Date of Award
Master of Science (MS)
Robert E. Manning
As the United States becomes increasingly urbanized, the importance of federally designated wilderness areas as places of reflection and refuge from city life becomes even more apparent. These wilderness areas provide visitors with opportunities for solitude, recreation, and connecting with nature. Wilderness has long been important to American society, influencing the likes of John Muir, Theodore Roosevelt, and Henry David Thoreau. With the passage of the Wilderness Act of 1964, the assurance that these areas would remain protected in perpetuity for the enjoyment of the American people was enshrined into law. While these wilderness areas remain protected by Federal law, increasing visitation rates and changing social norms may begin to threaten the so-called "wilderness experience," making it difficult for visitors to enjoy and experience the conditions set forth in the Wilderness Act. Wilderness managers must therefore seek to understand the attitudes, preferences, and motivations of wilderness visitors using these areas to ensure that management conditions provide for a high-quality wilderness experience.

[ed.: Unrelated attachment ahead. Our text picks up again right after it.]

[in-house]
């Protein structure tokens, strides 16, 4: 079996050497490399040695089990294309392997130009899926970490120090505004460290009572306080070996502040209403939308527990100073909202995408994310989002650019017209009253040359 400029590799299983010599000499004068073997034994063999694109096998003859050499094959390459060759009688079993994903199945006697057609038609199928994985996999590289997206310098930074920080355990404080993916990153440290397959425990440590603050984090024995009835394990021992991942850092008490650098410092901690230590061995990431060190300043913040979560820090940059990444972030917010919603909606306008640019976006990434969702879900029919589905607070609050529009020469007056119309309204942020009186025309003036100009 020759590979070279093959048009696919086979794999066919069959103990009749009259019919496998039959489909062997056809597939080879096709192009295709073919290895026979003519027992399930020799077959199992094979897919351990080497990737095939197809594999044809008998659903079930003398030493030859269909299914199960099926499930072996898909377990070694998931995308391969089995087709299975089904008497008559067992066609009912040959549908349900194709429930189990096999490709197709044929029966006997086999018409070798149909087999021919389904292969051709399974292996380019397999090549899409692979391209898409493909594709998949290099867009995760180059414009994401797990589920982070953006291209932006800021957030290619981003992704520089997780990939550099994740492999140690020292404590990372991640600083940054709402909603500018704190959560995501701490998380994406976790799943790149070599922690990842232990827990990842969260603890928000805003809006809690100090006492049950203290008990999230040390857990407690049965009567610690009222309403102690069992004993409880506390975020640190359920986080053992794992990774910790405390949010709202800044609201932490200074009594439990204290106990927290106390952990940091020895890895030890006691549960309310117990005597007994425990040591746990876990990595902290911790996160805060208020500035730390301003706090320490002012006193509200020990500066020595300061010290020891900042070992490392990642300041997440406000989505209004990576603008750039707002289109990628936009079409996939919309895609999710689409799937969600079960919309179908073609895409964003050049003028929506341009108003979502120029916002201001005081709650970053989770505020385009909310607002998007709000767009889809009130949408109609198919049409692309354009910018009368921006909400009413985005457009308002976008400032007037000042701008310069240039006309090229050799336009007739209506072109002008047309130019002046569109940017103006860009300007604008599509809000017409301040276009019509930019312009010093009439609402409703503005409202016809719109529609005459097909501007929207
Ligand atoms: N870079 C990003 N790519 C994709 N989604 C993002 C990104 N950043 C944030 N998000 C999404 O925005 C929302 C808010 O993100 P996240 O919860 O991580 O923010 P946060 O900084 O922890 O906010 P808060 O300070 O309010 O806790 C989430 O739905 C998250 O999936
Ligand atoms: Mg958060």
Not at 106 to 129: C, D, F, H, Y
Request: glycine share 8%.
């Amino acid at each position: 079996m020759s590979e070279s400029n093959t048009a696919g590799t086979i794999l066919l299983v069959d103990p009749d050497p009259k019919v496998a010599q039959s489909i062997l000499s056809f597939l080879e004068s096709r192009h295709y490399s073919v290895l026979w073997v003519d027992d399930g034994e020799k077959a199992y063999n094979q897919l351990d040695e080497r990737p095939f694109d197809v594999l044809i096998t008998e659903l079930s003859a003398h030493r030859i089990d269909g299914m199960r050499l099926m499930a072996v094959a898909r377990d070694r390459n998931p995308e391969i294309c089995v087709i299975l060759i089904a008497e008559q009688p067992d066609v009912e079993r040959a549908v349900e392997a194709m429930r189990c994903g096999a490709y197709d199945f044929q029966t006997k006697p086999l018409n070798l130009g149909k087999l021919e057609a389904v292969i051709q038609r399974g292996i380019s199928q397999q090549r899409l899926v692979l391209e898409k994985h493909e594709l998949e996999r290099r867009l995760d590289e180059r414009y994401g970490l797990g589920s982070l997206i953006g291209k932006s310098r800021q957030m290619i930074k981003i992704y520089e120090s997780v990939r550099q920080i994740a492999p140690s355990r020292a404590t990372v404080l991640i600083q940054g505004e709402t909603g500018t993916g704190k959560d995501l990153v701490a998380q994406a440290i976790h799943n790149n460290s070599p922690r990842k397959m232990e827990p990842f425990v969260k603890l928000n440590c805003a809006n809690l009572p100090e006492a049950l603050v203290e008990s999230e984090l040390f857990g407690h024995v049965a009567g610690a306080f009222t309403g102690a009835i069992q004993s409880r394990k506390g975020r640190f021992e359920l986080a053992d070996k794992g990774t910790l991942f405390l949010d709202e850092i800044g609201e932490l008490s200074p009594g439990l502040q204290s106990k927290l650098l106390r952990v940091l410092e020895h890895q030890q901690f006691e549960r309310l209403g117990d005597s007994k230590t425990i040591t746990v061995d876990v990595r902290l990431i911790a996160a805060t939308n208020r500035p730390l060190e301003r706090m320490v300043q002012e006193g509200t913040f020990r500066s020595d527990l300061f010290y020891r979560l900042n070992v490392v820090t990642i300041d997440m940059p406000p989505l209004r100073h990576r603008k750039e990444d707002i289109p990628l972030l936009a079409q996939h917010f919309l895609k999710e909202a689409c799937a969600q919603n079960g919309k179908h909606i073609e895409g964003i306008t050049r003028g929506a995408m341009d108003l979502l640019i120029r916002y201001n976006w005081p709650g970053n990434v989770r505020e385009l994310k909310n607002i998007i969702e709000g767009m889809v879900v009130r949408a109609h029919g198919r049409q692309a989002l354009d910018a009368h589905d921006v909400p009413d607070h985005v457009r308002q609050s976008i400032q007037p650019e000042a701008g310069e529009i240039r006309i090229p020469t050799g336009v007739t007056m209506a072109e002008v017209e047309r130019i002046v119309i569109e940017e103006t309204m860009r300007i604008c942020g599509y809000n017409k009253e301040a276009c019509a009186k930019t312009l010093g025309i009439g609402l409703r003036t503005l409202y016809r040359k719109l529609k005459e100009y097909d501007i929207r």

This study uses quantitative survey methods to explore differences in management preferences, wilderness conditions, and crowding perceptions between overnight and day visitors to wilderness areas. Visitors were surveyed at 30 trailheads throughout the Olympic National Park Wilderness during the summer of 2012. While wilderness visitors held many similar opinions on management preferences and wilderness conditions, there were differences in the degree to which they agreed or disagreed. Overnight visitors tended to be more sensitive to crowding than day visitors, both on hiking trails and at attraction sites, and were more supportive of management policies that limited access in favor of increasing opportunities for solitude experiences. This study supports the use of a management by objectives framework that incorporates indicators and standards of quality to ensure that certain conditions are met. Findings from this study can aid in the development of standards for crowding and the establishment of other management policies in Olympic National Park Wilderness to ensure that all visitors are provided with the opportunity for a high-quality wilderness experience.
Number of Pages
Pierce, III., Warren Vinson, "Managing the Wilderness Experience at Olympic National Park: A Study of Day and Overnight Visitors" (2015). Graduate College Dissertations and Theses. 377.